BRUCE BUMSTEAD/BRANDON SUN
Emergency personnel work to stabilize a passenger from a Second World War-era biplane that crashed at the Brandon Municipal Airport on Tuesday. The injured pilot and co-pilot were taken to hospital.
A plane crash that sent two men to hospital was caused when one of the Second World War-era biplane’s propeller blades broke off.
The Transportation Safety Board reports that the loss of the propeller blade caused the plane to shake and its engine fell out in mid-flight.
Archie Londry of Brandon, a former Second World War flying instructor and founding member of the Commonwealth Air Training Plan Museum, was surprised to hear a description of the crash. Vintage aircraft are typically well-maintained by the groups that own them, he said.
"These vintage aircraft, they are certainly as airworthy as anything else as far as they have to have a certificate of airworthiness and everything kept up to date on them," said Londry, who stopped by the museum at the Brandon airport on Wednesday morning to take a look at the damaged 1942 Boeing Stearman as it rested on a flatbed trailer.
A transparent plastic sheet covered the nose of the Stearman, but a hole where the engine and propeller should have been could clearly be seen.
The lower set of the biplane’s wings were slightly crumpled near the fuselage.
The plane crashed around 12:30 p.m. on Tuesday at the Brandon Municipal Airport and the injured pilot and co-pilot were taken to hospital.
The crash shut down the runway, forcing an incoming WestJet Encore flight from Calgary to be diverted to Winnipeg, and it finally reached its destination around 4 p.m. Passengers waiting to board that aircraft for the return flight to Calgary were delayed for more than three hours.
By Wednesday morning, the Transportation Safety Board had issued a summary of the crash and indicated that its investigation is largely complete. According to its findings, the biplane was travelling from Regina to St. Andrews when it stopped in Brandon to refuel.
During takeoff — the board previously estimated about 50 feet in the air — one of the propeller blades "failed at the blade root and departed the aircraft."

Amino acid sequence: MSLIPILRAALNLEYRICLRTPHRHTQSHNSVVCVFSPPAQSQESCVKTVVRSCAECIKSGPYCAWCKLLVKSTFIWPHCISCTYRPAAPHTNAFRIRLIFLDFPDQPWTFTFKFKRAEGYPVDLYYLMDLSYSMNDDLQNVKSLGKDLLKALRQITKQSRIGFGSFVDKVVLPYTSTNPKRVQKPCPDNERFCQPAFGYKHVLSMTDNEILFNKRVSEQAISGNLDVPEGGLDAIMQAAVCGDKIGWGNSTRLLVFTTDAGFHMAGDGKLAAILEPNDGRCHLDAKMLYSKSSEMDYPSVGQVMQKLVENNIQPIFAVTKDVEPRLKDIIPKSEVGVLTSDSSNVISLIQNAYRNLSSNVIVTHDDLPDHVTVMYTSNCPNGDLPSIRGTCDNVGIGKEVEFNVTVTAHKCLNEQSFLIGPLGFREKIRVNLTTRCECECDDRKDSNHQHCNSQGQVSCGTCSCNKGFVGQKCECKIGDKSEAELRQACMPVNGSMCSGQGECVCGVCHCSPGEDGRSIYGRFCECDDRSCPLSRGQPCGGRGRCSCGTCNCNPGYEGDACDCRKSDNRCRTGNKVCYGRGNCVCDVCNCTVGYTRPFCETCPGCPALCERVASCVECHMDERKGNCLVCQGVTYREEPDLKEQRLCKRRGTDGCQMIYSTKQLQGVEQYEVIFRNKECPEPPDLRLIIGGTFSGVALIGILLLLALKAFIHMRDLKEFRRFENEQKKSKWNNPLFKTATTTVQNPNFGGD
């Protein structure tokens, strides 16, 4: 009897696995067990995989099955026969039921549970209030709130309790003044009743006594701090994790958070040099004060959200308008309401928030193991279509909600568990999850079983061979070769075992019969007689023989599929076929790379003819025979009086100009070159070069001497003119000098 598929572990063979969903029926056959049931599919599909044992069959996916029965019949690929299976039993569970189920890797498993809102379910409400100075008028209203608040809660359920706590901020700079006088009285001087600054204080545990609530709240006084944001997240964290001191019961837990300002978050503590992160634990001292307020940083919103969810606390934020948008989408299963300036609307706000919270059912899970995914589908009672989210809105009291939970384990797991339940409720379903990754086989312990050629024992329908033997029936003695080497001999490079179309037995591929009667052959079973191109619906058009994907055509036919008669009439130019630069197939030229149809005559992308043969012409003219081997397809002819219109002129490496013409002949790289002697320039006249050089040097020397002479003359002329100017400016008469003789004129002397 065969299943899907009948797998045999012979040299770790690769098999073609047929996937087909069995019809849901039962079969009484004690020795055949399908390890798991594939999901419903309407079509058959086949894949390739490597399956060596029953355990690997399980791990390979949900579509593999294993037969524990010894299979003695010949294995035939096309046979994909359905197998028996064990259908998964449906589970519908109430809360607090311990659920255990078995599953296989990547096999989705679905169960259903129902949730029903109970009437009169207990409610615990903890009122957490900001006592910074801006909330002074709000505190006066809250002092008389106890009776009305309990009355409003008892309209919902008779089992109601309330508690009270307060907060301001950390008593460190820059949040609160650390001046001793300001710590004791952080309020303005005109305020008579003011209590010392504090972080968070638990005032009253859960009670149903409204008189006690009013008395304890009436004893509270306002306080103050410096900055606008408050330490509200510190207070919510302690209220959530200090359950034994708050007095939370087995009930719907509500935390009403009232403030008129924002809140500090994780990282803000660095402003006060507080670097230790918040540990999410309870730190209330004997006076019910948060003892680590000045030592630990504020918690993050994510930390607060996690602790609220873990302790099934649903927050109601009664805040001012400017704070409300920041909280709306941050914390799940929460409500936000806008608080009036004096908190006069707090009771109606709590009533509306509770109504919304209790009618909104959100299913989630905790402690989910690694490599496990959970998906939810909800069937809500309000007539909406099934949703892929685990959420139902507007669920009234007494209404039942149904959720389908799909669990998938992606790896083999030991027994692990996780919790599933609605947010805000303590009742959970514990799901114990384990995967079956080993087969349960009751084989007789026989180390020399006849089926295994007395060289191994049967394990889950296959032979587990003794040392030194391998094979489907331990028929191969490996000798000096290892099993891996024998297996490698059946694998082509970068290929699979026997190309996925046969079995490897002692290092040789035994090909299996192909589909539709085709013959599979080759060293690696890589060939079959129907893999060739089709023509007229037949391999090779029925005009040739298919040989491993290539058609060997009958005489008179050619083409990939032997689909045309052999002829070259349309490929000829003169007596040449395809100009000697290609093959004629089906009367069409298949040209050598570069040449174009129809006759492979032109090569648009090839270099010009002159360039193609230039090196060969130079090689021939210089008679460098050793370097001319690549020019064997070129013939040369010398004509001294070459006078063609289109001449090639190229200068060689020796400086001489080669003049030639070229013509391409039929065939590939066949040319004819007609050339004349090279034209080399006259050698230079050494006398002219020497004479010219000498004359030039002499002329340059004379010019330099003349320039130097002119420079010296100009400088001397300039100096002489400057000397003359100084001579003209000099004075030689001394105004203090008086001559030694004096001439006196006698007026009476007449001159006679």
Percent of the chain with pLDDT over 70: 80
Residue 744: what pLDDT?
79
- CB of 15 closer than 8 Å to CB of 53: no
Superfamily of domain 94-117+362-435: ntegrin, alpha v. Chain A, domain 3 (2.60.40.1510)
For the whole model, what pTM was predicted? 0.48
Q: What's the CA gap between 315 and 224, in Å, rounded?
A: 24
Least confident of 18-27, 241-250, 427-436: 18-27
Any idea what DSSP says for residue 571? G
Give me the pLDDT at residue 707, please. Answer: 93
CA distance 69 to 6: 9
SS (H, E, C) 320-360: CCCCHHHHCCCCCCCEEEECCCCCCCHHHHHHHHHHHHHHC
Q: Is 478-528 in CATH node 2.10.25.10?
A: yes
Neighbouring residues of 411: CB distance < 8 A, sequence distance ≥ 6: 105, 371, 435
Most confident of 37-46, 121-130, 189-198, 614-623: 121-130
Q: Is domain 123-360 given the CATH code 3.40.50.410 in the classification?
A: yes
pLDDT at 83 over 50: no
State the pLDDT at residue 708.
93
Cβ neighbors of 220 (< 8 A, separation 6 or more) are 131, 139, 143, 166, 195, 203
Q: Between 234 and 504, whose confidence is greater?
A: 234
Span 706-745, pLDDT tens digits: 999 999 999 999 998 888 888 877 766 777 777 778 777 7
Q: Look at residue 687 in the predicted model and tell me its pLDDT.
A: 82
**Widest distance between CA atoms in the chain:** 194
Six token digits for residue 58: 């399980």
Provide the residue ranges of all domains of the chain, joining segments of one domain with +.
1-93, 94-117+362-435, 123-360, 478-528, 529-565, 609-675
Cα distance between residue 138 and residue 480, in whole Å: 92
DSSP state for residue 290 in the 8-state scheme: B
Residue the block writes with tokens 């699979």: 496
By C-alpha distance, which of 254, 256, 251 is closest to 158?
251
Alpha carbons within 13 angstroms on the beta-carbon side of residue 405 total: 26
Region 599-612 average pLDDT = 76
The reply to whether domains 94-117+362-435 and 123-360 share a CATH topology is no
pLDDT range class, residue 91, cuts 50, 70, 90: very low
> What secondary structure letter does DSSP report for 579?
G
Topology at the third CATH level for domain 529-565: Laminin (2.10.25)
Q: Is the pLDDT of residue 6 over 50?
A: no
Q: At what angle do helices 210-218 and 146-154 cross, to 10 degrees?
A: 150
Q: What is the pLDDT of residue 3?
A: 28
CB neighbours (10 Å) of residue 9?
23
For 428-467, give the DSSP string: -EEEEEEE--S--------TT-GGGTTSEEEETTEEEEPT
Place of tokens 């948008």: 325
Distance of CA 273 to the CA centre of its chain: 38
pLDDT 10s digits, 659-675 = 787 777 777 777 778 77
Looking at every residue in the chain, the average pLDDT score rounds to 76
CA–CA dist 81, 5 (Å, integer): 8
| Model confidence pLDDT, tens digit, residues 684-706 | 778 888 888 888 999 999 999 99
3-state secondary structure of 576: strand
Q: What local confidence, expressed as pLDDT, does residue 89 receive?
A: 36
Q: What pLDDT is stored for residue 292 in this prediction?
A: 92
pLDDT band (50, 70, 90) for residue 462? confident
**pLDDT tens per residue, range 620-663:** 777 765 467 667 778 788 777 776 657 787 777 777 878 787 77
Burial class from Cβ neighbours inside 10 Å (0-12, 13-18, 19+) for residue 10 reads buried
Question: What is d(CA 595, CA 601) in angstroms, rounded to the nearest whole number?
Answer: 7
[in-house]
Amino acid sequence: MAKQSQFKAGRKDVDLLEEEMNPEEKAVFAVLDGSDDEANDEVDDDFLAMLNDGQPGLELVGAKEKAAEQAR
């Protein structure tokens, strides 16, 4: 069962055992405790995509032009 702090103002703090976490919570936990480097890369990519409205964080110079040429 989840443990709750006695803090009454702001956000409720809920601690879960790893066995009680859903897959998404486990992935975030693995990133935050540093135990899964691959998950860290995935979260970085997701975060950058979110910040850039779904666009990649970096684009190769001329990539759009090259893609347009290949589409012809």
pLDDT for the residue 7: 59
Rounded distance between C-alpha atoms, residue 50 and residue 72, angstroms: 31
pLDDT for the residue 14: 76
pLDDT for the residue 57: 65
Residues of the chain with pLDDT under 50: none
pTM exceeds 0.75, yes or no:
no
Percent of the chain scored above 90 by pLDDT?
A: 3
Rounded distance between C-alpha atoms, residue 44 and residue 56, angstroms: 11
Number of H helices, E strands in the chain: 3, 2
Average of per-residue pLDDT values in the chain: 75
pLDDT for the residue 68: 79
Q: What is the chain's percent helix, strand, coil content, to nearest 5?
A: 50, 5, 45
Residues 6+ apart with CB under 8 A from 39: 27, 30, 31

That caused a severe vibration that broke the engine from its mounts and it fell off in flight. The plane pitched up, became uncontrollable and then dove, nose first, into the runway.
At the museum Wednesday morning, a woman who identified herself as the pilot’s wife declined to comment at length. However, she indicated that her husband and the second man who was in the aircraft are doing fine.
Carl Martin, who handles media relations for Vintage Wings of Canada, the organization that operates the Stearman, reported that both men remain in hospital. One, however, was expected to be released today.
Both men — a 56-year-old Calgarian and a 63-year-old Winnipeg resident — have sore backs. Martin said one of the men has broken ankles, but those were the most severe injuries and both are expected to fully recover.
Martin said both men are experienced pilots, having logged thousands of hours in the air. They are also Vintage Wing’s two most experienced pilots when it comes to flying the Stearman.
The plane itself is salvageable, Martin added, and work to repair it will begin as soon as the TSB’s investigation is complete.
Meanwhile, the crash and the need to divert passengers has done nothing to sour WestJet’s feelings toward the Wheat City and its airport.
The crash happened one week after WestJet landed in Brandon for the first time as part of regular air service between this city and Calgary.
The Brandon airport performed as the company expected and resumed safe operations in a reasonable time, a company spokesperson said. Winnipeg is a good option when diversions are needed.
"I can assure you there has been no negative impact in terms of how we see our newest WestJet Encore destination as we continue to enjoy enthusiastic support from the greater community," Brie Ogle said.
Republished from the Brandon Sun print edition September 12, 2013